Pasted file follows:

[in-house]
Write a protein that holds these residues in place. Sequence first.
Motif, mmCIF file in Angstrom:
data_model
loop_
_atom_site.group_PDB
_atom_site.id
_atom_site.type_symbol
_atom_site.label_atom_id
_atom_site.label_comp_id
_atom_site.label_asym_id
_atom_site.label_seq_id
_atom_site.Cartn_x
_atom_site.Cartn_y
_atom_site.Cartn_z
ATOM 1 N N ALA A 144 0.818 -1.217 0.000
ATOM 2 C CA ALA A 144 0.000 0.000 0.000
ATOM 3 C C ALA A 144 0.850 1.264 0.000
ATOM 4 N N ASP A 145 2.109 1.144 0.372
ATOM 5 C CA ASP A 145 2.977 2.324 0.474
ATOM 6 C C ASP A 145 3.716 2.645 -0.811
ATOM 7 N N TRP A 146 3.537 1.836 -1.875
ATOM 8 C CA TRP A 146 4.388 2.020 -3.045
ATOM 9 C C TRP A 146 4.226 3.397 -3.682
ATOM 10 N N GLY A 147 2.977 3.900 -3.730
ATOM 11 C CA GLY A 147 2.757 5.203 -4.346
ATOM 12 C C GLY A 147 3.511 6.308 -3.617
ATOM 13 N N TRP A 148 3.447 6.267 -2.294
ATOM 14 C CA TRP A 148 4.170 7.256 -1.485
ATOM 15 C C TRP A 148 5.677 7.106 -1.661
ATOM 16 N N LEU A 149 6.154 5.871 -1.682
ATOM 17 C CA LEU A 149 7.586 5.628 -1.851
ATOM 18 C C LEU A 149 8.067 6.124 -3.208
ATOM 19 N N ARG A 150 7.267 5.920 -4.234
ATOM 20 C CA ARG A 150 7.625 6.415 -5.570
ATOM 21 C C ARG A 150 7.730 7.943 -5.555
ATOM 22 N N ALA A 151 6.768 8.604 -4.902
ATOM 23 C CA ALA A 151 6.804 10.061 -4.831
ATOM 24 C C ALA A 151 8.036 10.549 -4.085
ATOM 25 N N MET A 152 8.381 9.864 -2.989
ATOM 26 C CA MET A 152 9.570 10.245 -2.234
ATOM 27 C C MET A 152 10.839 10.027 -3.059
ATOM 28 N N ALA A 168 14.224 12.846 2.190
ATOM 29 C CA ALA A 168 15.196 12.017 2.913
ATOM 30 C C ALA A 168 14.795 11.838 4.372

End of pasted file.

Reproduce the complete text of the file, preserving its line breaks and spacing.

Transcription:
[in-house]
Write a protein that holds these residues in place. Sequence first.
Motif, mmCIF file in Angstrom:
data_model
loop_
_atom_site.group_PDB
_atom_site.id
_atom_site.type_symbol
_atom_site.label_atom_id
_atom_site.label_comp_id
_atom_site.label_asym_id
_atom_site.label_seq_id
_atom_site.Cartn_x
_atom_site.Cartn_y
_atom_site.Cartn_z
ATOM 1 N N ALA A 144 0.818 -1.217 0.000
ATOM 2 C CA ALA A 144 0.000 0.000 0.000
ATOM 3 C C ALA A 144 0.850 1.264 0.000
ATOM 4 N N ASP A 145 2.109 1.144 0.372
ATOM 5 C CA ASP A 145 2.977 2.324 0.474
ATOM 6 C C ASP A 145 3.716 2.645 -0.811
ATOM 7 N N TRP A 146 3.537 1.836 -1.875
ATOM 8 C CA TRP A 146 4.388 2.020 -3.045
ATOM 9 C C TRP A 146 4.226 3.397 -3.682
ATOM 10 N N GLY A 147 2.977 3.900 -3.730
ATOM 11 C CA GLY A 147 2.757 5.203 -4.346
ATOM 12 C C GLY A 147 3.511 6.308 -3.617
ATOM 13 N N TRP A 148 3.447 6.267 -2.294
ATOM 14 C CA TRP A 148 4.170 7.256 -1.485
ATOM 15 C C TRP A 148 5.677 7.106 -1.661
ATOM 16 N N LEU A 149 6.154 5.871 -1.682
ATOM 17 C CA LEU A 149 7.586 5.628 -1.851
ATOM 18 C C LEU A 149 8.067 6.124 -3.208
ATOM 19 N N ARG A 150 7.267 5.920 -4.234
ATOM 20 C CA ARG A 150 7.625 6.415 -5.570
ATOM 21 C C ARG A 150 7.730 7.943 -5.555
ATOM 22 N N ALA A 151 6.768 8.604 -4.902
ATOM 23 C CA ALA A 151 6.804 10.061 -4.831
ATOM 24 C C ALA A 151 8.036 10.549 -4.085
ATOM 25 N N MET A 152 8.381 9.864 -2.989
ATOM 26 C CA MET A 152 9.570 10.245 -2.234
ATOM 27 C C MET A 152 10.839 10.027 -3.059
ATOM 28 N N ALA A 168 14.224 12.846 2.190
ATOM 29 C CA ALA A 168 15.196 12.017 2.913
ATOM 30 C C ALA A 168 14.795 11.838 4.372